ZIKR – Remembrance of God
Osho on Sufism
The Sufi is not an escapist, that is not his climate. He is utterly against escapism. He believes in celebrating the world, celebrating existence, celebrating life. It is the very fundamental of Sufism that the creator can be reached only through the creation. You need not renounce his creation to get to him; in fact if you renounce his creation you will never get to him. Renouncing his creation, indirectly you have renounced the creator himself. But renunciation still happens. It is not that the Sufi renounces the world, but that he attains to God — and the moment God is attained, the world disappears. Then there is nothing to renounce: then only God is. The Sufi does not escape from the world, but a moment comes when the world disappears and dissolves. The Sufi lives in the world and he finds that there is no world, only God is.
The Sufi is not an ascetic. He does not believe in inflicting pain on himself, he is not pathological. The Sufi lives life in an utterly normal way, with no perversions, with no obsessions. Although, slowly slowly, the quality of his life goes on changing, it is not that he tries to change it. His whole effort consists in remembering God, not in changing himself. Let it sink deep in you; if you miss this point you will miss the whole point of Sufism. The Sufi concentrates on only one thing, remembrance of God — ZIKR. As that remembrance deepens, his obsession with the world lessens. As he comes closer and closer to the ultimate reality, the ordinary reality is no longer attractive; it starts receding back. Because when you find the real gold, how can you go on carrying the unreal gold? When you have found the real diamonds you will automatically drop the stones, colored stones, that you have been carrying all along. The escapist says, “Renounce your colored stones so that you can get to the real diamonds.” The Sufi says just the contrary: he says, “Get to the real diamonds, and that which is not real will drop out of your life of its own accord.”
To know the real is enough, the unreal is renounced in that very knowing. And because the unreal is renounced in that very knowing, it leaves no scars and wounds on you. The ascetic suffers from great wounds. He is not ripe yet otherwise the fruit would have fallen without leaving any scar on the body of the tree. If the fruit is unripe and you pluck it, it hurts the tree, it hurts the fruit; both will remain wounded. Have you not seen the beauty of a ripe fruit fallen of its own accord? Silently, spontaneously. The tree may not even become aware that the fruit has disappeared, the fruit may not become aware that the tree is no more there. Sufism is the simplest way possible. The Sufi lives a simple life. But the simplicity is not cultivated, because a cultivated simplicity is no longer simplicity; it is already complex. When you cultivate something, there is motivation, there is desire, there is longing; you are hankering for something. By cultivating something, you are trying to become something. Becoming is desire. And how can desire be simple? So cultivation is never simple. A practiced Sannyas, a practiced simplicity, can never have beauty. In the first place it is not simplicity at all. You can go and see so many saints in this country, or in other countries: their simplicity is cultivated, calculated, motivated. They are desirous of God, they are greedy for God, hence they are ready to pay the price.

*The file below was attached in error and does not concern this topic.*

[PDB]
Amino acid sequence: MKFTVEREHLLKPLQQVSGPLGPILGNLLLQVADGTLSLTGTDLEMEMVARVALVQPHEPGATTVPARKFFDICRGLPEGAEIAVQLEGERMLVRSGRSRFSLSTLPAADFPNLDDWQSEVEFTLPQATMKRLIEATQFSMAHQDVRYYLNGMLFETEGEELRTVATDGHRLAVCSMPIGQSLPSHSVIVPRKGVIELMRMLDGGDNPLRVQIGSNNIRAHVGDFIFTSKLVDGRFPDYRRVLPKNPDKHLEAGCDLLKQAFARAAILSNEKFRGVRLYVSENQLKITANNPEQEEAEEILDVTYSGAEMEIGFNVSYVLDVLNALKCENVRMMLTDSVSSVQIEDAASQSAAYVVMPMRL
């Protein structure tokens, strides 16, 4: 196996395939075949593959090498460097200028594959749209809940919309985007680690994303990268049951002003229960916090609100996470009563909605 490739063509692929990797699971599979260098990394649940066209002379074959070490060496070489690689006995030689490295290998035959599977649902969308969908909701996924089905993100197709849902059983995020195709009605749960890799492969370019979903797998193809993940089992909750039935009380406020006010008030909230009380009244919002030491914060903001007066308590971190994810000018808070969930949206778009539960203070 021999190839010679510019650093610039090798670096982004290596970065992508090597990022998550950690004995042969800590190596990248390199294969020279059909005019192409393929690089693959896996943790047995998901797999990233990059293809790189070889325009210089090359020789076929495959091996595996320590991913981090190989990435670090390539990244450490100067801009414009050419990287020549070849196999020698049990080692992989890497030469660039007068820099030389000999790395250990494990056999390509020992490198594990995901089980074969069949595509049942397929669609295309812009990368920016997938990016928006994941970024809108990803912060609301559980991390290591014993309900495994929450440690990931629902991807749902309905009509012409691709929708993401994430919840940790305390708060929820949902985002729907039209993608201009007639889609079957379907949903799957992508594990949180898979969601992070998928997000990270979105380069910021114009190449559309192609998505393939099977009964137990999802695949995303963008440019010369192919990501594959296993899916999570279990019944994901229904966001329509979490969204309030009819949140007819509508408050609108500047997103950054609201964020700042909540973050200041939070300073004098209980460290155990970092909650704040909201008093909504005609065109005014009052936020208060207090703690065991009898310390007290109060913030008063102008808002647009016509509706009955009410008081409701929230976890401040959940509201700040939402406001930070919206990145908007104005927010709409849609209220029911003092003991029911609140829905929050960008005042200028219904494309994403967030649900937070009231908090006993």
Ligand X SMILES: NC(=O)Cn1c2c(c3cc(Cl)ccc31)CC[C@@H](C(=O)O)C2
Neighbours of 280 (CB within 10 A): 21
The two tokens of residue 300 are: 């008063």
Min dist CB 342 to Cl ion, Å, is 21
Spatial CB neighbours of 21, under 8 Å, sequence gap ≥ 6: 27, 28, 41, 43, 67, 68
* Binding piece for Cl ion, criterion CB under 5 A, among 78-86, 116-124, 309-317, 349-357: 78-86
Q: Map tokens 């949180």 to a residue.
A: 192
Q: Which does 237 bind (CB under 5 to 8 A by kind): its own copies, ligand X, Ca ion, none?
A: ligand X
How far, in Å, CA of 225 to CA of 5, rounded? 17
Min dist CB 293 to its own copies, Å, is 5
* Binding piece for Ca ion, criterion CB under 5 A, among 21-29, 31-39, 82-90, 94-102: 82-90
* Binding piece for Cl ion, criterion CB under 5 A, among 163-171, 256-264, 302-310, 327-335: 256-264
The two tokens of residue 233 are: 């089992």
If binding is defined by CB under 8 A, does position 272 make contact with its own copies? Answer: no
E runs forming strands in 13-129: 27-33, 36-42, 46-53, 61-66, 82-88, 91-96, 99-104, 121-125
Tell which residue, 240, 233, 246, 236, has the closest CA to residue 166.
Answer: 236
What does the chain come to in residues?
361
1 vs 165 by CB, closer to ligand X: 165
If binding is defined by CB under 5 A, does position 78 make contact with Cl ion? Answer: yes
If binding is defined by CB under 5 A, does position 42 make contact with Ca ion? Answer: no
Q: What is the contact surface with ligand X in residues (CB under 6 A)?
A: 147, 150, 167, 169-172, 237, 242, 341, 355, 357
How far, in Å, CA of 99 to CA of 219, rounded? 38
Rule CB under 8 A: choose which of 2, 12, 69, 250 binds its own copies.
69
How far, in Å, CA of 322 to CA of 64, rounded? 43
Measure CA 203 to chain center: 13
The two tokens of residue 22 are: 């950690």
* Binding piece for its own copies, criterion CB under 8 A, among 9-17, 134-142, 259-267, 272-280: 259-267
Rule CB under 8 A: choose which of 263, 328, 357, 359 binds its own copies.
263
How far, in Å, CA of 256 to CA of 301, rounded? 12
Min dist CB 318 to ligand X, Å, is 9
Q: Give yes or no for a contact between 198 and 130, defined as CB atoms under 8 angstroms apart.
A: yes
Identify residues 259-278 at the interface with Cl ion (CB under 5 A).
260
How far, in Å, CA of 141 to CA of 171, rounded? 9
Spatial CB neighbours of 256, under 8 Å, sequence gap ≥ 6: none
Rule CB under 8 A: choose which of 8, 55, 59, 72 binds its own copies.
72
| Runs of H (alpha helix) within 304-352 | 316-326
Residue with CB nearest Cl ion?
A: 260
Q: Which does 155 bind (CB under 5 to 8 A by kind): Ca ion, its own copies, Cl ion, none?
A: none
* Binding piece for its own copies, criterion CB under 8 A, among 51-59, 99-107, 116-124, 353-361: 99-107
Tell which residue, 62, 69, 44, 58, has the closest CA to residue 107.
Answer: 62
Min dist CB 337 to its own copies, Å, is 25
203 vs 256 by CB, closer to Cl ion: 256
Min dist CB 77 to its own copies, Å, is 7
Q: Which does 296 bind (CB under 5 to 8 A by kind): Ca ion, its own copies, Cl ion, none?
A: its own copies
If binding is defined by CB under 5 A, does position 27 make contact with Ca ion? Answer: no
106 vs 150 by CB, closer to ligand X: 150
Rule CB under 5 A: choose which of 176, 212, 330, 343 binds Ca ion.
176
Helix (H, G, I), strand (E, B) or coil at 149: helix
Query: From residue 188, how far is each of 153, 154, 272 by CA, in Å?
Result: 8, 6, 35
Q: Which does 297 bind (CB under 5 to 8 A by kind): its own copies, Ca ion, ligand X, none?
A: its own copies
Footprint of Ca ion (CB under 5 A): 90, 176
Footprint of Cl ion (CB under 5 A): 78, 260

The Sufi says: God is available, it is already available. All that you need is an uncomplicated mind, all that you need is a state of no-motivation. All that you need is to fall into the silence of this moment, no trying to achieve something tomorrow. And what is your afterlife? It is the prolonged shadow of the tomorrow. So those who are thinking to attain to heaven or to nirvana after death are very greedy people. They are not religious at all. Sufism does not believe in any fairy-tales of the other world, of heaven and hell. And it is not that heaven does not exist, but that is not the concern of the Sufi. The Sufi lives totally in the moment. His simplicity comes out of his understanding, not out of cultivation; he does not practice it. Seeing life, he becomes aware of the austerity of a roseflower, how simple it is, and the beauty of its austerity. He becomes austere like a roseflower: it is not poor, the roseflower is simple and rich. What more richness can there be? The roseflower is simple and in utter luxury — what more luxury can there be? The Sufi lives in the moment, blooms in the moment like a roseflower, simple yet rich. The poverty is not imposed; he is poor in spirit. And what does it mean to be poor in spirit? It simply means there is no ego, that’s all; not that he is attached to poverty. Beware of that. There are people who are attached to wealth and there are people who are attached to poverty. But it is the same attachment.
I have heard:
The story is told of a dervish who went to visit a great Sufi master. Seeing his affluence, the dervish thought to himself, “How can Sufism and such prosperity go hand in hand?” After staying a few days with the master, he decided to leave. The master said, “Let me accompany you on your journey!”